Monday I must miss these days as I’ve no record of them.
Archie Wills tells us that they were all CB [confined to barracks], where the general opinion was that mobilization was imminent, “as we have orders to discard all surplus kit. I have three kit bags fulls of junk and am having quite a time discarding.” (1)
At the Fifth Divisional Artillery headquarters, they stood by yesterday until nearly 4 pm, when a “message arrived from Divl: Hdqrs: that necessity for special vigilence [sic] is past. Normal conditions are to be resumed.”(2)
Today, the officers decide that it would be a good time to test mobilization preparedness. A two-page document is issued clarifying what would be required in the case of either “mobilization for embarkation overseas” or “preparation to entrain immediately” –and notes that the “best means of ensuring promptness in arriving at the state of complete readiness required in either eventuality, is to proceed at once to bring every Unit to a mobilized state so far as circumstances allow.”(3)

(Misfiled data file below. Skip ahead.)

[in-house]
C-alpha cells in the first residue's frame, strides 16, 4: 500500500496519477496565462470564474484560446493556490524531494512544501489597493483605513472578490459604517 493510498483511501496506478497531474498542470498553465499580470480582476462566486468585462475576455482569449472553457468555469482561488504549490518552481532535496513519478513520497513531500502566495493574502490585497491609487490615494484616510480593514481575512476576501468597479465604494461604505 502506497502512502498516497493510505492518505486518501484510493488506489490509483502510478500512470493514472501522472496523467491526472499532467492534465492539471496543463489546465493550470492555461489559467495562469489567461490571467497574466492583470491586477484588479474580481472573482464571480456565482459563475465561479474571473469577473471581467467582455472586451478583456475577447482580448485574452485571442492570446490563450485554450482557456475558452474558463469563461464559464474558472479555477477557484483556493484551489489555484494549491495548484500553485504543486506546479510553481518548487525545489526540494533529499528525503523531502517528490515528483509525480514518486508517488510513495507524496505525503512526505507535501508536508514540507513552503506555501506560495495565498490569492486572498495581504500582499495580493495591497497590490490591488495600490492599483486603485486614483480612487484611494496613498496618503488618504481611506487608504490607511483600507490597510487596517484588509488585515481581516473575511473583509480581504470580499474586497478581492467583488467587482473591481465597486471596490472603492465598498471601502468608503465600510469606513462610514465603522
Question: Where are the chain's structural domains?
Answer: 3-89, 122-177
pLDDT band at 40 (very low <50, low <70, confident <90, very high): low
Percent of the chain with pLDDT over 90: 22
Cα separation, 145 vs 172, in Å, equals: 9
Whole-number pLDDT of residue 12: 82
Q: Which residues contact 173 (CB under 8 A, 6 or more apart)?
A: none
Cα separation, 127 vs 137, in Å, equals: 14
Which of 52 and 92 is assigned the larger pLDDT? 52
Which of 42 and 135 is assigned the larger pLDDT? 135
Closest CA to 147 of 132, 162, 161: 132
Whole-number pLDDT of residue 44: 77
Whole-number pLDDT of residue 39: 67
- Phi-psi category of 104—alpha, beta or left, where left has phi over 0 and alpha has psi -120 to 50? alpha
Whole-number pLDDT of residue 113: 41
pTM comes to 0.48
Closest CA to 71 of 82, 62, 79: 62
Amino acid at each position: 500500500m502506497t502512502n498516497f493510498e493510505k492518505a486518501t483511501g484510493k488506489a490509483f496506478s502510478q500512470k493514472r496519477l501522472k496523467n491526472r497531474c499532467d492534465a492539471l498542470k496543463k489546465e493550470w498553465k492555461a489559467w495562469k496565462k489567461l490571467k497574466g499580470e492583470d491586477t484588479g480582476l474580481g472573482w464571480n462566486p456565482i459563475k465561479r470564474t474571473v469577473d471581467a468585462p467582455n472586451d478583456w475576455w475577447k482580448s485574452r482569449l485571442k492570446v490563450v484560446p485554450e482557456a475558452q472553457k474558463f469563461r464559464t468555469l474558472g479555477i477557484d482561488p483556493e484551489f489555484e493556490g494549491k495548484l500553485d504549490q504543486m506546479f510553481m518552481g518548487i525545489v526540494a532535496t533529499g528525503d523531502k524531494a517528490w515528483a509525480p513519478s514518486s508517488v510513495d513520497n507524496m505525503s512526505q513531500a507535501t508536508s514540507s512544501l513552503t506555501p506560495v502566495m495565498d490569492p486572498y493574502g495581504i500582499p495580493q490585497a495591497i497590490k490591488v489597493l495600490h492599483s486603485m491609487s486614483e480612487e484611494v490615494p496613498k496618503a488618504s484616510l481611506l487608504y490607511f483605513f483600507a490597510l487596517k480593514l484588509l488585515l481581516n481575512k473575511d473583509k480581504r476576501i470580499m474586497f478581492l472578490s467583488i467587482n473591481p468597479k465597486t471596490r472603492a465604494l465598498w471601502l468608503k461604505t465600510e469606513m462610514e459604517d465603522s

“Much waste of time and misdirected energy will be saved by a little organization,” says the document. There follow 36 distinct activities to be carried out in order to reach the state of complete readiness.(3)
(1) Wills, Archie. Diary. 4: 24. March 26, 1917. Archie Wills Fonds, University of Victoria Archives. Copyright 2007, University of Victoria.
(2) War Diary of the Fifth Canadian Divisional Artillery. 2 (March 1917): 5. March 24-25, 1917. Library and Archives of Canada.
(3) War Diary. 2 (March 1917) Appendix 5: 1.
Copyright 2017. See “More about this project.”